This year's BlackHat computer security conference was, by all accounts, pretty ordinary - until Cisco replaced all the conference CDs, hired temporary workers to rip out pages 789 through 820 from every copy of the conference book, and hit the creator of the presentation in question with a restraining order and a criminal complaint. He was also summarily fired from his job. And then the FBI got involved.
The subject of all this attention? A man named Michael Lynn, aka "Abaddon." (He's a hacker; hackers have flashy online handles. It's part of the culture.) His unforgivable sin? A talk in which he demonstrated the ability to remotely hack into, and take over - "remote root", in hacker parlance - Cisco routers. Yes, the same routers that conduct pretty much all Internet traffic.
Lynn had been working for a security-consulting company called ISS - and working closely with Cisco - to, quite legitimately, reverse-engineer Cisco's systems and search for vulnerabilities. He found a flaw. (And, researching online, he came across a number of documents in Mandarin Chinese that seemed to be exploring the same line of attack.) He found an exploit; he told Cisco; Cisco released a patch for their routers that fixed the problem. All this well before BlackHat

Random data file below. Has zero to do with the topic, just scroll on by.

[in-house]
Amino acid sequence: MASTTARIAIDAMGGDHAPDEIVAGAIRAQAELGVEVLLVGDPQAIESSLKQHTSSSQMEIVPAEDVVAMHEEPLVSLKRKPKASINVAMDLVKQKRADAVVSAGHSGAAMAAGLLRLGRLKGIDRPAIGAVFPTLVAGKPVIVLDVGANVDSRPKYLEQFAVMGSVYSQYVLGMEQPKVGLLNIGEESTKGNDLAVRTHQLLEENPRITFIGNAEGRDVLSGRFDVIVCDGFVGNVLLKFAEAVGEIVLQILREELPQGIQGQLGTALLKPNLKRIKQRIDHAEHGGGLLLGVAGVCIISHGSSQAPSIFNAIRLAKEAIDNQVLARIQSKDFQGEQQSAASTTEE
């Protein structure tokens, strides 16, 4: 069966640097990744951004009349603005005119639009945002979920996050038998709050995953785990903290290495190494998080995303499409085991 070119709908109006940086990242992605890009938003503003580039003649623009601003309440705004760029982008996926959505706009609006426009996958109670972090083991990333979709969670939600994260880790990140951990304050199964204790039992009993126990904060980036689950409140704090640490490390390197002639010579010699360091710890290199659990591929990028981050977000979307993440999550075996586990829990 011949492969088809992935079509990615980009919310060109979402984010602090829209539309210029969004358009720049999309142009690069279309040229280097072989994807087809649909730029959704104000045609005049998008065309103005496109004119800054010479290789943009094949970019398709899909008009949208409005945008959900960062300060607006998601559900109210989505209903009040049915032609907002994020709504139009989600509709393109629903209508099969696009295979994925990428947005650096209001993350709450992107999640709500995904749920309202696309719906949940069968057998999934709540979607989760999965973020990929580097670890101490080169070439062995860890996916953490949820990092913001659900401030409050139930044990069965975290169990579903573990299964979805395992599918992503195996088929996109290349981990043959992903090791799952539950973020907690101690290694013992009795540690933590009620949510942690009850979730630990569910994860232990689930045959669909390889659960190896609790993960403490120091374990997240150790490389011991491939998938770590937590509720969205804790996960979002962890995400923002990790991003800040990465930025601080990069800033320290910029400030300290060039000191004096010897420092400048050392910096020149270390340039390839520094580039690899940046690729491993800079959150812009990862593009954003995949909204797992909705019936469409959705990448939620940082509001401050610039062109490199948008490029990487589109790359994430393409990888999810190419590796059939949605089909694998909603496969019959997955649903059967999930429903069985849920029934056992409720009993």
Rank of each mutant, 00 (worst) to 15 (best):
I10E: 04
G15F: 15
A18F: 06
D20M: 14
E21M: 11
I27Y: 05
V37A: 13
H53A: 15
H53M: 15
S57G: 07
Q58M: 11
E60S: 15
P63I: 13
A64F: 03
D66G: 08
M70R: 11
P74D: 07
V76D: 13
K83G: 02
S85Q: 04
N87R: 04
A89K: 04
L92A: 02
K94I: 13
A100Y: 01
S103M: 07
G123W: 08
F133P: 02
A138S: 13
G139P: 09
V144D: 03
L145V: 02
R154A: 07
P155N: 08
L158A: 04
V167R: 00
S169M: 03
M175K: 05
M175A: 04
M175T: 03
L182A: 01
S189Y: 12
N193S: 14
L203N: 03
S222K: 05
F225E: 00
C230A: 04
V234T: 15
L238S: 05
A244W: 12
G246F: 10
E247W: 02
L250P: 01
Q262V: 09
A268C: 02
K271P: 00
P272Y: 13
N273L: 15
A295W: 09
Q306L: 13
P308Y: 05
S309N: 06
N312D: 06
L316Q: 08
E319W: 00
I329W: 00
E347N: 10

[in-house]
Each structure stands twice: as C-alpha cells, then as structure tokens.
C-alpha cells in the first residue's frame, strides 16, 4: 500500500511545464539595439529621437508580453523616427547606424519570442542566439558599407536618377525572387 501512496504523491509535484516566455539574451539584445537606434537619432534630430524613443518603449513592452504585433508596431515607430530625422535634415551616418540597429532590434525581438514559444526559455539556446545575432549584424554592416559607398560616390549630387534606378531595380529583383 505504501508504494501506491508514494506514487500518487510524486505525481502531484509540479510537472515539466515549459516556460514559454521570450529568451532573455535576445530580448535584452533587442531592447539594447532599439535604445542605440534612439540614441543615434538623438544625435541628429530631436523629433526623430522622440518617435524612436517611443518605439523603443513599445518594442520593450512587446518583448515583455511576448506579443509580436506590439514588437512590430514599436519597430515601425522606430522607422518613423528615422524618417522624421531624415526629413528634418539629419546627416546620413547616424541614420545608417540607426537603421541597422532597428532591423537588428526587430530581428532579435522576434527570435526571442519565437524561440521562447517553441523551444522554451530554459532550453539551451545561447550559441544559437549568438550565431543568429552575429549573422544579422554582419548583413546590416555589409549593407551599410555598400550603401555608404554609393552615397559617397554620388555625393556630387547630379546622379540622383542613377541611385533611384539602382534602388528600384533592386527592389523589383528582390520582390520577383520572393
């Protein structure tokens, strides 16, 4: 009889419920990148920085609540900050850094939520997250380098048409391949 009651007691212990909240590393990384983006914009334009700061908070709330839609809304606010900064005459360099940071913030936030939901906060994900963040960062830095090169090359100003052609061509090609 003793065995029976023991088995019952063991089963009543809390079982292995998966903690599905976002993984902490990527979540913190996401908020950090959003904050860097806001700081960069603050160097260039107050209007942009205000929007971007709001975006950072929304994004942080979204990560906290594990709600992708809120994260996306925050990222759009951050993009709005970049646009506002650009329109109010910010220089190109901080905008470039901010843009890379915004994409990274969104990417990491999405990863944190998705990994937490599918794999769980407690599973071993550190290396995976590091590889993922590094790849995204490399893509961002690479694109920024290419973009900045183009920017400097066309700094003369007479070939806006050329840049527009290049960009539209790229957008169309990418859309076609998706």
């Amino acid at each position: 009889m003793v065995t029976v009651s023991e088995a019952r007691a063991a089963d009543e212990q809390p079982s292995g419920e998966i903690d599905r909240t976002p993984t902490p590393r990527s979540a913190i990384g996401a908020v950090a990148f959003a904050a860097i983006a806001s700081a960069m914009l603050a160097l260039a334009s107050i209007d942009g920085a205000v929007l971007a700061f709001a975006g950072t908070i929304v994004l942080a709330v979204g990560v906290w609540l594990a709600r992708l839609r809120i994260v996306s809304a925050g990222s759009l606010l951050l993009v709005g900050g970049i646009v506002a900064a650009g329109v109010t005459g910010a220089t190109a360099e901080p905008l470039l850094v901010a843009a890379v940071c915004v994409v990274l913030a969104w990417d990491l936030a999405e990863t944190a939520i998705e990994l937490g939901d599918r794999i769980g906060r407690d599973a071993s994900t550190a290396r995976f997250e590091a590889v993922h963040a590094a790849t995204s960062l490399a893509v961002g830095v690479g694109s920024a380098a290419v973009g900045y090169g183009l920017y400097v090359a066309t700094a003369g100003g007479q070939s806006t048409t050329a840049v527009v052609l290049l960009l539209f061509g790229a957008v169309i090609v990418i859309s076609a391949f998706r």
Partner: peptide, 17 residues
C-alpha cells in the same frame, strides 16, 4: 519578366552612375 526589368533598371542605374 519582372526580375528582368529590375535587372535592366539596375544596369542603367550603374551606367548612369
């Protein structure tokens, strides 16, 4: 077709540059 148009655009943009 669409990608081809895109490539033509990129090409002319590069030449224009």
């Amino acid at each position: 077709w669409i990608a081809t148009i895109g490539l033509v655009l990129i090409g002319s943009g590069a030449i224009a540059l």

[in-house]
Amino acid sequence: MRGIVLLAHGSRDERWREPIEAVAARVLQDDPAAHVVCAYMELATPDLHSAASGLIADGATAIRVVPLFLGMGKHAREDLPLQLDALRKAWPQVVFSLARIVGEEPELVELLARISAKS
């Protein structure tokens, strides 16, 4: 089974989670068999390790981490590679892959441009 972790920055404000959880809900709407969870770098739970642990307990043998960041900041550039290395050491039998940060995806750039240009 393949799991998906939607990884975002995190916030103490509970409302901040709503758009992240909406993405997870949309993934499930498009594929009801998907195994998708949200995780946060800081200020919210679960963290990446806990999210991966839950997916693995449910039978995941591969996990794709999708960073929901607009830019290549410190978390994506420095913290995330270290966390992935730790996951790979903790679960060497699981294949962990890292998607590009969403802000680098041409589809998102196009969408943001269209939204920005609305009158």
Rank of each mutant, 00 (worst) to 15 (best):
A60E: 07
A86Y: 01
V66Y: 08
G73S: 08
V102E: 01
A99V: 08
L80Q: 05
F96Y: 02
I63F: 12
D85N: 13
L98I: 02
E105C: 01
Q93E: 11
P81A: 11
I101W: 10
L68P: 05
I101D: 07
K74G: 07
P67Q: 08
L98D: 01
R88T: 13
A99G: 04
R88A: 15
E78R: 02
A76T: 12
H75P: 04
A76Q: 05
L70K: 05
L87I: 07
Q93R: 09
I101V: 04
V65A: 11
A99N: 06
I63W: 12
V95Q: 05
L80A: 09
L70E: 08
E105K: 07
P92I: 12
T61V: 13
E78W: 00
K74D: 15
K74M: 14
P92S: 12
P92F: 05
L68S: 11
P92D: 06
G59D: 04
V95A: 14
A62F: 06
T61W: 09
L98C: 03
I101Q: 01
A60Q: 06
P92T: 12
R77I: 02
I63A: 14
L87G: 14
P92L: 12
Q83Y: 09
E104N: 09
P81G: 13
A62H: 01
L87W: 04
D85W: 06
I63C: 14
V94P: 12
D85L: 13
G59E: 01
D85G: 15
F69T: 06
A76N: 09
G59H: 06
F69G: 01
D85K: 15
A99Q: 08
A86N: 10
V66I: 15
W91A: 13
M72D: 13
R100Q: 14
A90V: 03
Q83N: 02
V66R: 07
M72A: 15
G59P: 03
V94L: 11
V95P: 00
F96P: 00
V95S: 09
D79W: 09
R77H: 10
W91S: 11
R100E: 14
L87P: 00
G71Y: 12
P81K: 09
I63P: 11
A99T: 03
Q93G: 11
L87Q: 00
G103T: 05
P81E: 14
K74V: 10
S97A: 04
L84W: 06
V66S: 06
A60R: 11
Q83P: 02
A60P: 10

. Then he went to the conference, and Cisco got cold feet and tried to pull the plug. Instead, the security community blew up in their face.
In itself the story's just a soap opera. And those are nothing new at BlackHat and its subsequent more-fun less-tech DefCon weekend; a couple years ago, a Russian programmer was arrested for teaching attendees how to crack Adobe's copy-protection software. For more on this story, just google it
; Cory Doctorow, Bruce Schneier, SecurityFocus, and zillions of others have written about it at length, and there's no point in revisiting their territory.
It does bring up one kind of interesting point, which is old news, and one much
more interesting one, which really should be but isn't.
The first is that it highlights the fundamental unresolved dilemma in the field of security: Security Through Obscurity vs Security Through Transparency. And this in turn is a special case of the fundamental divide in the software world today, the Cathedral and the Bazaar, but I don't have time or space to get into that one...
It's pretty easy to see where Cisco was coming from. Their products were vulnerable to a remarkably powerful new attack. They had released a patch, but of course not all their customers had applied it. They didn't want any public release of information that might help an attacker. Heck, they didn't want any public confirmation that the attack was even possible
, partly to dissuade attackers, partly for PR purposes. So they spent a lot of money to squelch the talk. It blew up in their faces, of course, but if they hadn't waited until so late in the day, it might not have, they could have stamped out Lynn's disclosure early on. And their products, and their clients, and the Internet itself, would have been safer. Right?